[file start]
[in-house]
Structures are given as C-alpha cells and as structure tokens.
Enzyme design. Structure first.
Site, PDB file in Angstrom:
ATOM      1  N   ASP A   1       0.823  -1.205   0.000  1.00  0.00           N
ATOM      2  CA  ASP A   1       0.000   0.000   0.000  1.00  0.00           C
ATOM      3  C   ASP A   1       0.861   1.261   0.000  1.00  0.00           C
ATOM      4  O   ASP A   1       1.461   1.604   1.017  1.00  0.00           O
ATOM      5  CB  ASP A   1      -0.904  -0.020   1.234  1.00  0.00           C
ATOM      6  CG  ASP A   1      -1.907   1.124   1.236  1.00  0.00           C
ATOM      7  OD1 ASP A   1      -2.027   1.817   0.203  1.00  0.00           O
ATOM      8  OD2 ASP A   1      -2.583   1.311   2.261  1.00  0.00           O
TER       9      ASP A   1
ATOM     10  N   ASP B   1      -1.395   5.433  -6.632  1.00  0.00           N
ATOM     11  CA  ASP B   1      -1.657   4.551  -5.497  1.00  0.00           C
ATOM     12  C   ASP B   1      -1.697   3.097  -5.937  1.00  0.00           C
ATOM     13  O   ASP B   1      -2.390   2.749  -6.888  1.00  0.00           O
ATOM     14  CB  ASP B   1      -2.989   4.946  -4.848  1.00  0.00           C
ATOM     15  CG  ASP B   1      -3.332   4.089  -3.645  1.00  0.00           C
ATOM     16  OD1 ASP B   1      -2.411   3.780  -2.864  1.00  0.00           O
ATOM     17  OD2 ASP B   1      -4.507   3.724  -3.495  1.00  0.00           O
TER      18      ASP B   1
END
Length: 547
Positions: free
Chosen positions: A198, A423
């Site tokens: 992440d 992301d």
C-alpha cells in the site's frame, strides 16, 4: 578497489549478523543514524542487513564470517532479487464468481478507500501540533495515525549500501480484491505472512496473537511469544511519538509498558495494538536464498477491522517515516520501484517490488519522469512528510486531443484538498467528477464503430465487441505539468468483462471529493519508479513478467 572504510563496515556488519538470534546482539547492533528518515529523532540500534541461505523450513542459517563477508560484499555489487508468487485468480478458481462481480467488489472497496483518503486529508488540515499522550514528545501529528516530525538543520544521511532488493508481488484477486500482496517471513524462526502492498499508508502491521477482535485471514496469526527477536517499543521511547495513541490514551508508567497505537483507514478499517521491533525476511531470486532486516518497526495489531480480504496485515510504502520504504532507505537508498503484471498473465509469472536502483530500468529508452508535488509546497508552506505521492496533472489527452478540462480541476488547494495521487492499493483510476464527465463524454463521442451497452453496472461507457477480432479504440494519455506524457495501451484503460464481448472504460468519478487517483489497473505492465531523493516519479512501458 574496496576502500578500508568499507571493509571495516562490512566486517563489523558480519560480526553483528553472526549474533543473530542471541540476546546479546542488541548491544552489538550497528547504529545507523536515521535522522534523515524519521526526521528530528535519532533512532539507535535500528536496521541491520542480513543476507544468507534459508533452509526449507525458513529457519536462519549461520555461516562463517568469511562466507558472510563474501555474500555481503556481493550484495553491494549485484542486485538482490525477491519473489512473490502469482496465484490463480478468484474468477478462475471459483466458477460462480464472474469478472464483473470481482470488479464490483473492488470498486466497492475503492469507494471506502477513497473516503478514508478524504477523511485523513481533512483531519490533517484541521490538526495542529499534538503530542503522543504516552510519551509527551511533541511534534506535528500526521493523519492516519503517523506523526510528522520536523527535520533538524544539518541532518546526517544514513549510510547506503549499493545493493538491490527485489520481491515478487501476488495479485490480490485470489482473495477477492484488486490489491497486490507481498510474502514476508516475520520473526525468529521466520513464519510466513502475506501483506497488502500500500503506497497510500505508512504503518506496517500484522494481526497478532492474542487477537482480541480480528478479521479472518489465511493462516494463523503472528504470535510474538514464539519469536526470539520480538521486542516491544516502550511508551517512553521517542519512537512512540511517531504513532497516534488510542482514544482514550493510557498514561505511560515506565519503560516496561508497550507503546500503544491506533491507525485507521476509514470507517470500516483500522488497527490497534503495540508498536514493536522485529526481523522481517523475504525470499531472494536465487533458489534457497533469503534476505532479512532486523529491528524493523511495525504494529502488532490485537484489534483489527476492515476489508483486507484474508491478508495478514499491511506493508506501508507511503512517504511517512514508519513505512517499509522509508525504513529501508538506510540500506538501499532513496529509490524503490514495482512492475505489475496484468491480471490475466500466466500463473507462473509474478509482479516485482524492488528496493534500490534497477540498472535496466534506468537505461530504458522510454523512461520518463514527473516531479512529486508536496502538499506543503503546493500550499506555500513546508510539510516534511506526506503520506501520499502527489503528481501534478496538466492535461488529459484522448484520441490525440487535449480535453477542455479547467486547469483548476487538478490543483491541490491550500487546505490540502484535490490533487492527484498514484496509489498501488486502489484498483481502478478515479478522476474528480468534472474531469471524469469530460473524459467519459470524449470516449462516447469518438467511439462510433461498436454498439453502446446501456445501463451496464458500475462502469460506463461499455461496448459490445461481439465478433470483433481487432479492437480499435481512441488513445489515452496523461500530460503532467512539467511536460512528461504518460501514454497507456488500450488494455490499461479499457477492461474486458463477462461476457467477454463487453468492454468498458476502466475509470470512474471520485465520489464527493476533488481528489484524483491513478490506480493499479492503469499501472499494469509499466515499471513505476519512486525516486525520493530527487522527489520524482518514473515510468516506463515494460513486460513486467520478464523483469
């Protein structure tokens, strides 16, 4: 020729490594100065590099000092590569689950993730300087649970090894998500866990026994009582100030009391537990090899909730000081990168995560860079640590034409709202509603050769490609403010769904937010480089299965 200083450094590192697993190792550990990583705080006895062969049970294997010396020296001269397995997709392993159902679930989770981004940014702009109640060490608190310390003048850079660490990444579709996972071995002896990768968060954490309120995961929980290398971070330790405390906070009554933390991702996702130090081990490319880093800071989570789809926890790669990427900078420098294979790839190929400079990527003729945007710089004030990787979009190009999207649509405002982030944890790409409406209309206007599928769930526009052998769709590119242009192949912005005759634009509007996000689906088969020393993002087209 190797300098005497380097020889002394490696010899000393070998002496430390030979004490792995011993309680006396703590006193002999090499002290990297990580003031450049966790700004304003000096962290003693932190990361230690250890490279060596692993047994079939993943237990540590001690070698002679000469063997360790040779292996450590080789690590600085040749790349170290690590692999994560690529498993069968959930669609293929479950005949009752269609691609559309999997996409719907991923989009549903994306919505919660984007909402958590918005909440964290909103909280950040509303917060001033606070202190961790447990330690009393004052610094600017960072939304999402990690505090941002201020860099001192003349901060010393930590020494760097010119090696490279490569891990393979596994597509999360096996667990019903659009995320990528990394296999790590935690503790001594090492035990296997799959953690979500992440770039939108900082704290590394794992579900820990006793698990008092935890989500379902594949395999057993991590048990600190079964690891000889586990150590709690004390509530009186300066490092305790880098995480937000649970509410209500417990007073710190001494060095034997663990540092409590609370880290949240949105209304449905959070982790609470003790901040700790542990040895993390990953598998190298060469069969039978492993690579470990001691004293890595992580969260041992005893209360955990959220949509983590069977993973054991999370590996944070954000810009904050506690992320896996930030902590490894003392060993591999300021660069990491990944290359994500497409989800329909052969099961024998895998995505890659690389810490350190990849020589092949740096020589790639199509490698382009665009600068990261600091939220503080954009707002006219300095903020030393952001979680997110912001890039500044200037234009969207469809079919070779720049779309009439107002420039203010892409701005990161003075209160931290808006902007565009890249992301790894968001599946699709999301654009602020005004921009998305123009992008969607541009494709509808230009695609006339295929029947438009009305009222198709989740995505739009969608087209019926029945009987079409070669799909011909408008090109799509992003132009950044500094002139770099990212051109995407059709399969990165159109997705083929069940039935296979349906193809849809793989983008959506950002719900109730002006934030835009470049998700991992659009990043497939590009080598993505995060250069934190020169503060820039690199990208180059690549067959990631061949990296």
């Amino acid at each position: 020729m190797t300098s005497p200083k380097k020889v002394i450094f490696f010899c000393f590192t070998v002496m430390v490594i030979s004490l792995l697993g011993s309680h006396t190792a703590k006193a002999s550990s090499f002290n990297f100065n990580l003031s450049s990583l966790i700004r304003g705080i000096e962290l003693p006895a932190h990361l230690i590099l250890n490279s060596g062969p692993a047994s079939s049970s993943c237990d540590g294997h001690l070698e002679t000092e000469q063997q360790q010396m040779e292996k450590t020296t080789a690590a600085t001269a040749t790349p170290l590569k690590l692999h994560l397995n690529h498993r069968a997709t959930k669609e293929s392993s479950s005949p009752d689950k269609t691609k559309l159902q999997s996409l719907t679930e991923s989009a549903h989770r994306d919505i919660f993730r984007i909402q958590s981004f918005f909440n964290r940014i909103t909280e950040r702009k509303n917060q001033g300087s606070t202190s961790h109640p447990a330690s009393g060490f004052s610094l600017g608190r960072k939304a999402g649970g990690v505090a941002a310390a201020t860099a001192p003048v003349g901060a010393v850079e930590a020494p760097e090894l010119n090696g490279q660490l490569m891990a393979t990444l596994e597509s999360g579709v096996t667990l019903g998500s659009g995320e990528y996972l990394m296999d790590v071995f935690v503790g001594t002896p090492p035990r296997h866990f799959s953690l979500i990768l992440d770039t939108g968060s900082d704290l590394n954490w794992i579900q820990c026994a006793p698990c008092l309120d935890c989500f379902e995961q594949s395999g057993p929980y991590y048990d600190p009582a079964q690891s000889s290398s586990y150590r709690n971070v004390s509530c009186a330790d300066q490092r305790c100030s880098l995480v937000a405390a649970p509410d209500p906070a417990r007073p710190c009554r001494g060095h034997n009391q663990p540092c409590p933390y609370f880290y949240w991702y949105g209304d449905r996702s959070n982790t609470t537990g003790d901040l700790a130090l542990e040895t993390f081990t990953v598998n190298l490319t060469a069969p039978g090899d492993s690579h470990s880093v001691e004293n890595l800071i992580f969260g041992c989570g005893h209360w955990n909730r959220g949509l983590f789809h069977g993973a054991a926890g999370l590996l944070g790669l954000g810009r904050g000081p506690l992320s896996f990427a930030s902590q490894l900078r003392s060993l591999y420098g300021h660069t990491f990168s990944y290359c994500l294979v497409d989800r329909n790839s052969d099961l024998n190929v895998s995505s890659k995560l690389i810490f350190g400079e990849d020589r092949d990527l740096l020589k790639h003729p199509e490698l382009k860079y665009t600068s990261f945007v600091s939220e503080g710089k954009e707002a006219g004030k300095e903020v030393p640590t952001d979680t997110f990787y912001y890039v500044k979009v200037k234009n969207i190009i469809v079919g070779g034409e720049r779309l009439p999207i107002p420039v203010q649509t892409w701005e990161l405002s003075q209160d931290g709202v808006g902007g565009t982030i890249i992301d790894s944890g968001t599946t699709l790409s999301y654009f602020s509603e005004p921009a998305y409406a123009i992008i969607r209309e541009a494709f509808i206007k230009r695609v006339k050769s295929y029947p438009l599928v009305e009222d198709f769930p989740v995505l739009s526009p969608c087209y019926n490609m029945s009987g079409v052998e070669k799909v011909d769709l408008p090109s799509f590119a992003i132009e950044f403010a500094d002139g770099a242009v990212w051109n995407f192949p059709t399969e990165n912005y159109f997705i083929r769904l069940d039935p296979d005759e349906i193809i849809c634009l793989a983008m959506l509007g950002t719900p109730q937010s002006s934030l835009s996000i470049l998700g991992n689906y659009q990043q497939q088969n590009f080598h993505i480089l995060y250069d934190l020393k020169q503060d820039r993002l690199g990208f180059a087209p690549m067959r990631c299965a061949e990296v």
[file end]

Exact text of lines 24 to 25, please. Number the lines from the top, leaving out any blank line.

Length: 547
Positions: free